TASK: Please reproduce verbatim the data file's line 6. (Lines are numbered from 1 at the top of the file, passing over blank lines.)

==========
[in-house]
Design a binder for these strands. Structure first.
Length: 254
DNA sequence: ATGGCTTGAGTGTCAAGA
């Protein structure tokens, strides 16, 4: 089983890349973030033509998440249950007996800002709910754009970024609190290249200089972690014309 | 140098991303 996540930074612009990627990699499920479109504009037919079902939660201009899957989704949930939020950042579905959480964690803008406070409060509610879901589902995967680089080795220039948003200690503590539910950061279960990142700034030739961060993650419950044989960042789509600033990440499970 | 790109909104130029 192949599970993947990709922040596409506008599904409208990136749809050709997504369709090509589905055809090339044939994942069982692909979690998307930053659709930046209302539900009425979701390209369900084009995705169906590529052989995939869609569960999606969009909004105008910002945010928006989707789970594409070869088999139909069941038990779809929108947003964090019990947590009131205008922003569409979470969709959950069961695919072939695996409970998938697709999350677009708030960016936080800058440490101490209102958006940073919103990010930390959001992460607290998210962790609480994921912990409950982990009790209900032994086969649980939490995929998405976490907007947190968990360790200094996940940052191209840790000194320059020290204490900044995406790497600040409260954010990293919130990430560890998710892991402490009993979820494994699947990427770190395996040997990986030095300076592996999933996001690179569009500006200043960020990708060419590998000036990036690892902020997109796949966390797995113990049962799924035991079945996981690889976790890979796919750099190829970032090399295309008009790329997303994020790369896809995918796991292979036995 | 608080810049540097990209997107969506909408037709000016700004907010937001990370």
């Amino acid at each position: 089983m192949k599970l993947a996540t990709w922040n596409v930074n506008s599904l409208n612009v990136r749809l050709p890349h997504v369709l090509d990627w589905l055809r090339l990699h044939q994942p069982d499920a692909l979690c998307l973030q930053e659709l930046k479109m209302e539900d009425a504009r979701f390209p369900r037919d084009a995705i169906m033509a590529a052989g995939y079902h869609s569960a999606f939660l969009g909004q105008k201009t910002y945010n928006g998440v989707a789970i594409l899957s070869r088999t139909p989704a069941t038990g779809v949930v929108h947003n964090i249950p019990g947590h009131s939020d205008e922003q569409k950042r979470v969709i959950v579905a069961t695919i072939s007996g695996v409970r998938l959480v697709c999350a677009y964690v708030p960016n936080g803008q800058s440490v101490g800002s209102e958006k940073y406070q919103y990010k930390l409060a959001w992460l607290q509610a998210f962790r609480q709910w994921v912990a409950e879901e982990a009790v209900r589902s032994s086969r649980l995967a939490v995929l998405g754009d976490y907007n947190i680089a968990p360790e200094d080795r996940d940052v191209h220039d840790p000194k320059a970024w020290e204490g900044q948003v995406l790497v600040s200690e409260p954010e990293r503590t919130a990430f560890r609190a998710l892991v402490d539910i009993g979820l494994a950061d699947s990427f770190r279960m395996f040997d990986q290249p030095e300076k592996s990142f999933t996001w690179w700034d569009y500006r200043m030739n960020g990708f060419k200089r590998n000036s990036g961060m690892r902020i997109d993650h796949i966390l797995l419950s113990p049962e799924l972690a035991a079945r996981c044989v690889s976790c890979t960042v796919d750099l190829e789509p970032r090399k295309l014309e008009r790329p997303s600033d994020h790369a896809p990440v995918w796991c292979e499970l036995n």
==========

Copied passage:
């Amino acid at each position: 089983m192949k599970l993947a996540t990709w922040n596409v930074n506008s599904l409208n612009v990136r749809l050709p890349h997504v369709l090509d990627w589905l055809r090339l990699h044939q994942p069982d499920a692909l979690c998307l973030q930053e659709l930046k479109m209302e539900d009425a504009r979701f390209p369900r037919d084009a995705i169906m033509a590529a052989g995939y079902h869609s569960a999606f939660l969009g909004q105008k201009t910002y945010n928006g998440v989707a789970i594409l899957s070869r088999t139909p989704a069941t038990g779809v949930v929108h947003n964090i249950p019990g947590h009131s939020d205008e922003q569409k950042r979470v969709i959950v579905a069961t695919i072939s007996g695996v409970r998938l959480v697709c999350a677009y964690v708030p960016n936080g803008q800058s440490v101490g800002s209102e958006k940073y406070q919103y990010k930390l409060a959001w992460l607290q509610a998210f962790r609480q709910w994921v912990a409950e879901e982990a009790v209900r589902s032994s086969r649980l995967a939490v995929l998405g754009d976490y907007n947190i680089a968990p360790e200094d080795r996940d940052v191209h220039d840790p000194k320059a970024w020290e204490g900044q948003v995406l790497v600040s200690e409260p954010e990293r503590t919130a990430f560890r609190a998710l892991v402490d539910i009993g979820l494994a950061d699947s990427f770190r279960m395996f040997d990986q290249p030095e300076k592996s990142f999933t996001w690179w700034d569009y500006r200043m030739n960020g990708f060419k200089r590998n000036s990036g961060m690892r902020i997109d993650h796949i966390l797995l419950s113990p049962e799924l972690a035991a079945r996981c044989v690889s976790c890979t960042v796919d750099l190829e789509p970032r090399k295309l014309e008009r790329p997303s600033d994020h790369a896809p990440v995918w796991c292979e499970l036995n």